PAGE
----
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Oil change Tips


Veteran Member
Oil level. (four stroke engines only)
Checking your oil level is not a simple matter when in comes to motorcycles i.e. should the oil be hot or cold, is the oil level checked in the crankcase or in a separate reservoir (a dry sump), should the dipstick be fully screwed in or not, must the bike be on the side stand or simply 'level' and does the bike have a dipstick or a sight glass? All this adds up to reading the manufacturers handbook very carefully. An under filled crankcase can be disastrous while an overfilled one may flood you air cleaner with oil.

You should also know the difference between the 'low' level and the 'high' level and how much is TOO much

Here are some pointers regarding oil which are true for most motorcycles

The bike should be level as possible, except for some that are checked on the side stand. Check your owners manual before proceeding here.
The oil should not be checked cold and is therefore best done after complete warm up to operating temps.
Do not allow foreign matter and dirt to fall into the sump during the inspection process.

With threaded dipsticks do not screw the dipstick in when taking a reading but rest it on the top thread, with push in dipsticks, insert them fully into the opening.

High temperatures, time, speed, heavy traffic, short trips and dust quickly destroy the quality of your oil.
Change your oil every 3- 5 thousand miles or 6 months, whichever comes first except in dusty conditions where more frequent changes are a good choice.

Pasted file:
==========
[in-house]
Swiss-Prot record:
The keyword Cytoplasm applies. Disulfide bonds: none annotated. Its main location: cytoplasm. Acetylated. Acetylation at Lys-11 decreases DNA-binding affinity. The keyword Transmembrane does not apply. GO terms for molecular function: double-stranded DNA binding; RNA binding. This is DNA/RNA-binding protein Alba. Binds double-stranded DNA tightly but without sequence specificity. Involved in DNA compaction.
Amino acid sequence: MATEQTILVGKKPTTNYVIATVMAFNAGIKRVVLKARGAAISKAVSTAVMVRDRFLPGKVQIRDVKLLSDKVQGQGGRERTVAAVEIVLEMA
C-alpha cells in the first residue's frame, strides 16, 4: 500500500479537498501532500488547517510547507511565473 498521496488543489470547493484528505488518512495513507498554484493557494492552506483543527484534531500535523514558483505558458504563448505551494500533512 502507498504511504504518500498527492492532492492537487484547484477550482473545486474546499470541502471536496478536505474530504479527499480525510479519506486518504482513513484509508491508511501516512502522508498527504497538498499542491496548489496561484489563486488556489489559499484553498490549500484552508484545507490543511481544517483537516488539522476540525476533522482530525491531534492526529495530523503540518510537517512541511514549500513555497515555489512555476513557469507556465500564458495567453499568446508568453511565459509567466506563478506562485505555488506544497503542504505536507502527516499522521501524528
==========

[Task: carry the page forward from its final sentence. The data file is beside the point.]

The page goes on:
Never use a pirate oil filter. An excellent quality pirate unit can still destroy your engine as its "Bypass Filter Rating" may be incorrect for your particular model causing the oil to circulate without the benefit of being filtered. Thus, use only the one from your manufacturer for best results and long life.
Motorcycles can use the same oil as cars although the motorcycle specific oils contain additives such as moly for better oil performance and are highly recommended over the car oils.
Note that synthetic oils are not recommended in the primary if your bike has a wet clutch. In most instances a semi-synthetic oil graded as SAE 20 W-50 is usually fine, an oil without friction modifiers is a better choice. A lot of people have gone back to the HD primary oil for this, it's been tried and proven for many years.
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I am curious how many people run synthetic in the primary. I run 20 w50 amsoil and have had no issues with my eglide. I can actually find neutral far better than Harley oil and not as much clunk.
That's pretty good advice. I've been debating making the change over to Synthetic. Right now, I don't reallyd omy own oil changes, but all that will change if I do start going synthetic as it'll save a lot of money.
I used Mobil 1 V-twin in all 3 holes,runs like a dream,shifts smoother than Syn-3.
30000 miles before I traded for 2014.:D